Veil: Modesty, Privacy and Resistance (2003)

By: Fadwa El Guindi

In the 1970s, often to the consternation of parents and siblings, certain progressive young Arab women voluntarily donned the veil. The movement, which rapidly expanded and continues to gather momentum, has sparked controversy within Islamic culture, as well as reactions ranging from perplexity to outrage from those outside it. Western feminist commentators have been particularly vociferous in decrying the veil, which they glibly interpret as a concrete manifestation of patriarchal oppression. However, most Western observers fail to realize that veiling, which has a long and complex history, has been embraced by many Arab women as both an affirmation of cultural identity and a strident feminist statement. Not only does the veil de-marginalize women in society, but it also represents an expression of liberation from colonial legacies. In short, contemporary veiling is more often than not about resistance. By voluntarily removing themselves from the male gaze, these women assert their allegiance to a rich and varied tradition, and at the same time preserve their sexual identity. Beyond this, however, the veil also communicates exclusivity of rank and nuances in social status and social relations that provide telling insights into how Arab culture is constituted. Further, as the author clearly demonstrates, veiling is intimately connected with notions of the self, the body and community, as well as with the cultural construction of identity, privacy and space. This provocative book draws on extensive original fieldwork, anthropology, history and original Islamic sources to challenge the simplistic assumption that veiling is largely about modesty and seclusion, honor and shame.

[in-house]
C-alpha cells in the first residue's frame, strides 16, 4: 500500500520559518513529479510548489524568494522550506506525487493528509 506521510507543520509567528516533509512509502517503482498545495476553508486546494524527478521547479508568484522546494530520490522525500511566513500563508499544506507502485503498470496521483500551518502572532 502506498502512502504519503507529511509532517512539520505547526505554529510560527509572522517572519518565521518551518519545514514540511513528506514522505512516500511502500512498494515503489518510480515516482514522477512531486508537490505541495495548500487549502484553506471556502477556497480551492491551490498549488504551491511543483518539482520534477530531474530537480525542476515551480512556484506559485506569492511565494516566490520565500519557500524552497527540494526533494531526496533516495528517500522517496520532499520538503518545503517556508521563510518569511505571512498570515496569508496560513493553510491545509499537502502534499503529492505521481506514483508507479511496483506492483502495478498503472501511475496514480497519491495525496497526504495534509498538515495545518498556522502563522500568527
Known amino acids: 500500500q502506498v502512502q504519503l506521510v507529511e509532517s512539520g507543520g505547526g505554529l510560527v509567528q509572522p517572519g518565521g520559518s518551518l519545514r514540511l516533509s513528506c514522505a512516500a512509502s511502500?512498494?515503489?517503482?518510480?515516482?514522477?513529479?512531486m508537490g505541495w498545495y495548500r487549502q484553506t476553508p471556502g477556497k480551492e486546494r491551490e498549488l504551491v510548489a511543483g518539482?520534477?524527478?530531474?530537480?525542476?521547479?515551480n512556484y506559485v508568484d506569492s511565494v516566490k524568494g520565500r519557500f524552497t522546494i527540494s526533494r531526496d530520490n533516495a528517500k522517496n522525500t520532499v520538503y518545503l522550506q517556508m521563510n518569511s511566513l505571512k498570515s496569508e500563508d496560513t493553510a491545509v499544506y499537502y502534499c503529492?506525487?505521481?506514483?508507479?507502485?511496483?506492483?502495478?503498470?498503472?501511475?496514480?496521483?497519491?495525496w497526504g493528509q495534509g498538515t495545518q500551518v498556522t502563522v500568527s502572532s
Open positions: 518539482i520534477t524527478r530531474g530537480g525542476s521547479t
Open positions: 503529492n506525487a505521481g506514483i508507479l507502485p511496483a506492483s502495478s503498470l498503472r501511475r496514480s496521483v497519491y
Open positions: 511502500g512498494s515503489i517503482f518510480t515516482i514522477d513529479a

More Information


Oxford, UK ; New York, NY : Berg, 1999
Format: xx, 242 pages : illustrations ; 25 cm
ISBN : 1859739245  9781859739242
OCLC : 42540456

Table of contents

Table of contents

Veiling in perspective

— The veil in comparative tradition
— Ideological roots to ethnocentrism
— Dress, “libas” and “hijab”.

The anthropology of dress
— Sacred privacy
— The veil in social space
— The veil of masculinity
— The veil becomes a movement
— The sacred in the veil : hijab
— The resistance of the veil.

Reactions to the new trend
— Contexts of resistance
— Veiling and feminism.

About the author

About the author

Fadwa El Guindi is currently Distinguished Professor of Anthropology at Qatar University, Doha, Qatar and Head of Department of Social Sciences. Retired Faculty from UCLA, El Guindi has served on the anthropology faculties of University of California at Los Angeles, University of California at Santa Barbara, the University of Southern California and Georgetown University, with her field research ranging from Nubia, to Mexico, to Egypt, to Islam, to Arab and Muslim America, and at present to Khalij (Arab Gulf) society and culture.

Book Reviews

Book Reviews

Antoun, Richard T. “Veil: Modesty, Privacy and Resistance.” Anthropological Quarterly 74, no. 4 (2001): 214-215.

Aswad, Barbara. “Veil: Modesty, Privacy and Resistance.” American Anthropologist 103, no. 1 (2001): 247.

Rich, Paul J. “Veil: Modesty, Privacy and Resistance.” Domes 10, no. 1 (2001): 51.

Student reviews